Yes, the pill does, indeed, come with a bevy of side effects, the most dangerous of which is blood clots. It has also been linked to mood disorders, just like with men. This is why many pharmaceutical companies have created lower-dose birth control, or non-hormonal birth control methods, like intrauterine devices.

The reports make it seem like whiny men stomped their feet like toddlers, and their temper tantrum made researchers halt their work. But the research is still ongoing, and while this study didn’t result in publicly available hormonal birth control for men, scientists are still hailing this trial as a major breakthrough. Research is planned to continue in the future, and scientists hope it will be on the market in the relatively near future. So fear not: men will soon be able to suffer through needless side effects just like women do!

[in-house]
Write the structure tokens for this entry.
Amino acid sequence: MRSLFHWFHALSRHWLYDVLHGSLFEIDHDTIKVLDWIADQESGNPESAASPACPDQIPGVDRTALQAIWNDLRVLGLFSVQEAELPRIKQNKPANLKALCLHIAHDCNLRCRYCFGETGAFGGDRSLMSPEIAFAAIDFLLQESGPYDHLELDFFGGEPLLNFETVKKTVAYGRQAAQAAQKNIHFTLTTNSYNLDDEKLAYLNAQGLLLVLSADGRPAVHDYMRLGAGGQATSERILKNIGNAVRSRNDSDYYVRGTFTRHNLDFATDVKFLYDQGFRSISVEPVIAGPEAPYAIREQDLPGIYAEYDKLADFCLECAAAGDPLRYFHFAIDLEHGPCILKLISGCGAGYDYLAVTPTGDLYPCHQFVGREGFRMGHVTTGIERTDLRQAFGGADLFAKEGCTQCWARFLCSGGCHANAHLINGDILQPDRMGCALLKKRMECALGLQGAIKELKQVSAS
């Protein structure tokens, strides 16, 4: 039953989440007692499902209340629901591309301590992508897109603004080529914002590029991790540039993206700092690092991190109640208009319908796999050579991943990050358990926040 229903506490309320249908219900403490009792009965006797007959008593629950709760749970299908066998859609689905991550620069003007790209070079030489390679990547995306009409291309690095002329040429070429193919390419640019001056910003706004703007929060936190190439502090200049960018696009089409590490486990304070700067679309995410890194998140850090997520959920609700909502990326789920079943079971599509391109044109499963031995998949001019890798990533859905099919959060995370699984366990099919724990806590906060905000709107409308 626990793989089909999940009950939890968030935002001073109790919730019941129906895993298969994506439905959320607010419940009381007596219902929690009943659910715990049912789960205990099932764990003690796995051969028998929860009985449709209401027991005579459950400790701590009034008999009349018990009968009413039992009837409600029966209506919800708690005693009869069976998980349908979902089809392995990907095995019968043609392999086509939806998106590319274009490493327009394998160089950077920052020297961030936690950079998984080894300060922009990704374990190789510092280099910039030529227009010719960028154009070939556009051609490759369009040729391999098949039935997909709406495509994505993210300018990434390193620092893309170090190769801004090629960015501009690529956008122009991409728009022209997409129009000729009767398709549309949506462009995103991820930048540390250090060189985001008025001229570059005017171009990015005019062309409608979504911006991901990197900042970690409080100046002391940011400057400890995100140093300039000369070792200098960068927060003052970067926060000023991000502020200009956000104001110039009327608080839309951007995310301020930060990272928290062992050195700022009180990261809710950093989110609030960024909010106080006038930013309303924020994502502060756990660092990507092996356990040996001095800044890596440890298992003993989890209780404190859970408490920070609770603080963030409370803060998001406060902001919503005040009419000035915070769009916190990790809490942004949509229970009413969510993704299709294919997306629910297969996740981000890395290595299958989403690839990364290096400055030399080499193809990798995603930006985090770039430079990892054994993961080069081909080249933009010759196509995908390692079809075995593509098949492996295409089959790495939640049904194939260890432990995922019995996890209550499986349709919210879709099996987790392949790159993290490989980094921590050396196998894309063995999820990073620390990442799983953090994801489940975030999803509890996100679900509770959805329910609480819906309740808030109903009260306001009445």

This brings us to the real crux of the issue. The women complaining about men not being forced to endure the side effects of hormonal birth control basically have the attitude that, if they have to do it, men should have to also. But isn’t the more sensible answer to refuse to force women to endure these side effects, rather than also dragging men into it?

Think about it: the entire point of hormonal birth control is to prevent a healthy biological system from working as it is supposed to work, all so people can have sex without making babies. This is evidently so important that people should be willing to risk life-threatening side effects. Men and women alike should not be forced to endure mental illness, infertility, low libido or erectile dysfunction, blood clots, acne, weight gain, and the myriad other potential side effects, just to prevent pregnancy (and especially not when an essentially risk-free method of birth control exists). Our bodies aren’t broken, and we aren’t animals that need to be “fixed.”

Maybe this is the real problem, that pregnancy is seen as such a catastrophe, that everyone should just suck it up and accept such horrendous side effects because anything—even potential death!—is better than a pregnancy resulting from our choice to have sex. Women, don’t be bitter because men aren’t forced to live with the same side effects we are yet. It’s time that we demand more than this.